LONDON (Reuters) - The ECB could cut its main interest rate, put its deposit rate into negative territory and offer banks a new round of ultra-cheap funding, policymaker Luc Coene said on Monday, adding Spain’s borrowing costs would soar again without a support program.
ECB Governing Council member Coene said it was “very unlikely” that the ECB would ever engage in outright quantitative easing but that the central bank had a number of other options to ease monetary policy if required.
“You could further lower interest rates, you can also try to extend the LTROs to some extent, you can also do some LTRO with private credit claims as collateral,” he said during a seminar organized by the European Economics and Financial Centre.
A handout of cheap long-term funding linked to credit claims — typically loans to firms or households— would be a move to try and tempt banks into new lending.
Asked on charging banks to deposit cash at the ECB overnight, he added: “That is certainly one of the options, that is not at all excluded.”
Coene is the head of the Belgian central bank, a position which brings with it a seat on the ECB’s 23-member Governing Council.
The ECB’s vow to buy potentially unlimited amounts of Italian and Spanish bonds if the countries admit themselves into fiscal rehab programs has seen a dramatic reduction in the market turmoil which was threatening the euro’s future.
Coene said the ECB would not lose the appetite for the purchases as it did for its Securities Markets Programme because they were now directly tied to countries submitting themselves to fiscal rehabilitation programs.
He said the ECB would make its own decisions on whether a country was sticking to its promises.
“We could turn the purchases on and off instantly overnight,” he said, adding the Governing Council would not be rely on politicians’ views.
Spain’s borrowing costs were also likely to jump again if it tried to avoid taking a politically unpopular aid program.
“If Spain does not submit to a conditionality we will not buy its bonds... I don’t think it will take long for Spanish spreads to rise (if Spain does not submit to program),” Coene said.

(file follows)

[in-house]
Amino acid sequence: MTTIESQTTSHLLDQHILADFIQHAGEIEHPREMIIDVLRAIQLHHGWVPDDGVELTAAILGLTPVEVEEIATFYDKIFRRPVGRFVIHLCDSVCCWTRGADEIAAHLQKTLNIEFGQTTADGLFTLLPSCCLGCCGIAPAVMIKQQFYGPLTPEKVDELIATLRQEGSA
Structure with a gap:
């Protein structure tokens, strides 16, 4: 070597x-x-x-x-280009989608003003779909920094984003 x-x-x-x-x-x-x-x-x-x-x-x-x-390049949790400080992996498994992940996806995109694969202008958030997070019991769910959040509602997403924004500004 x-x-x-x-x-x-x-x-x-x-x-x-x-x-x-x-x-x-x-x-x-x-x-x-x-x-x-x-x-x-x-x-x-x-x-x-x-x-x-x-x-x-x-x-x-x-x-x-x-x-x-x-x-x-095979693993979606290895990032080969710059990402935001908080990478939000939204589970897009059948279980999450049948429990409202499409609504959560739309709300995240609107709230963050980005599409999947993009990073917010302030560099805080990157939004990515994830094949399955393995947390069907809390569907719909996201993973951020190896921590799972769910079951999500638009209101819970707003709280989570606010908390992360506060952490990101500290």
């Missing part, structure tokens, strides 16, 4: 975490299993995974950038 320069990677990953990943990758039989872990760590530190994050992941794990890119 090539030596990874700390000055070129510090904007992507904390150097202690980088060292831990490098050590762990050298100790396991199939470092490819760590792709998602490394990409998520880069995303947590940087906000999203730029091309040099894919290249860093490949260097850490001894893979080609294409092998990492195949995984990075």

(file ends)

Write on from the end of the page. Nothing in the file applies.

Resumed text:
The process may already be under way. Spain continues to show little sign of requesting aid and its 10-year bond yields crept back to 6 percent on Monday, highlighting the pressure it is likely to come under if it holds off indefinitely.
Coene also stressed that the ECB would take losses on any bonds bought under its new program, known as Outright Monetary Transactions (OMT). He also refused to rule out the ECB swallowing loses on its Greek bonds.
“President (Mario) Draghi has made it clear that for the OMT we will not apply the seniority rule that was applied for the SMP, that is also the reason we mark-to-market the bonds we buy on our balance sheet,” he said, referring to the ECB president.
“The past is still an open question and we will see how this one plays out,” he said referring to the bank’s Greek bonds.
Marking the bonds “to market” rather than committing to hold them until they mature also leaves to ECB free to sell them if it so wished, Coene noted.
He also said parts of the new program’s design meant there were built-in limits to how much it could spend.
Only bonds with three or fewer years until they mature will be bought under the plan, and Coene said there was a clause stipulating that it will not purchase anything issued after the start date of the program.
It is a move which will prevent governments issuing hoards of short term bonds to take advantage of the ECB’s buying scheme and, while in theory it could repeat the plan, it provided a clear limit to the amount of bonds it was expected to buy, Coene said.
Reporting by Marc Jones; Editing by Ron Askew and Roger Atwood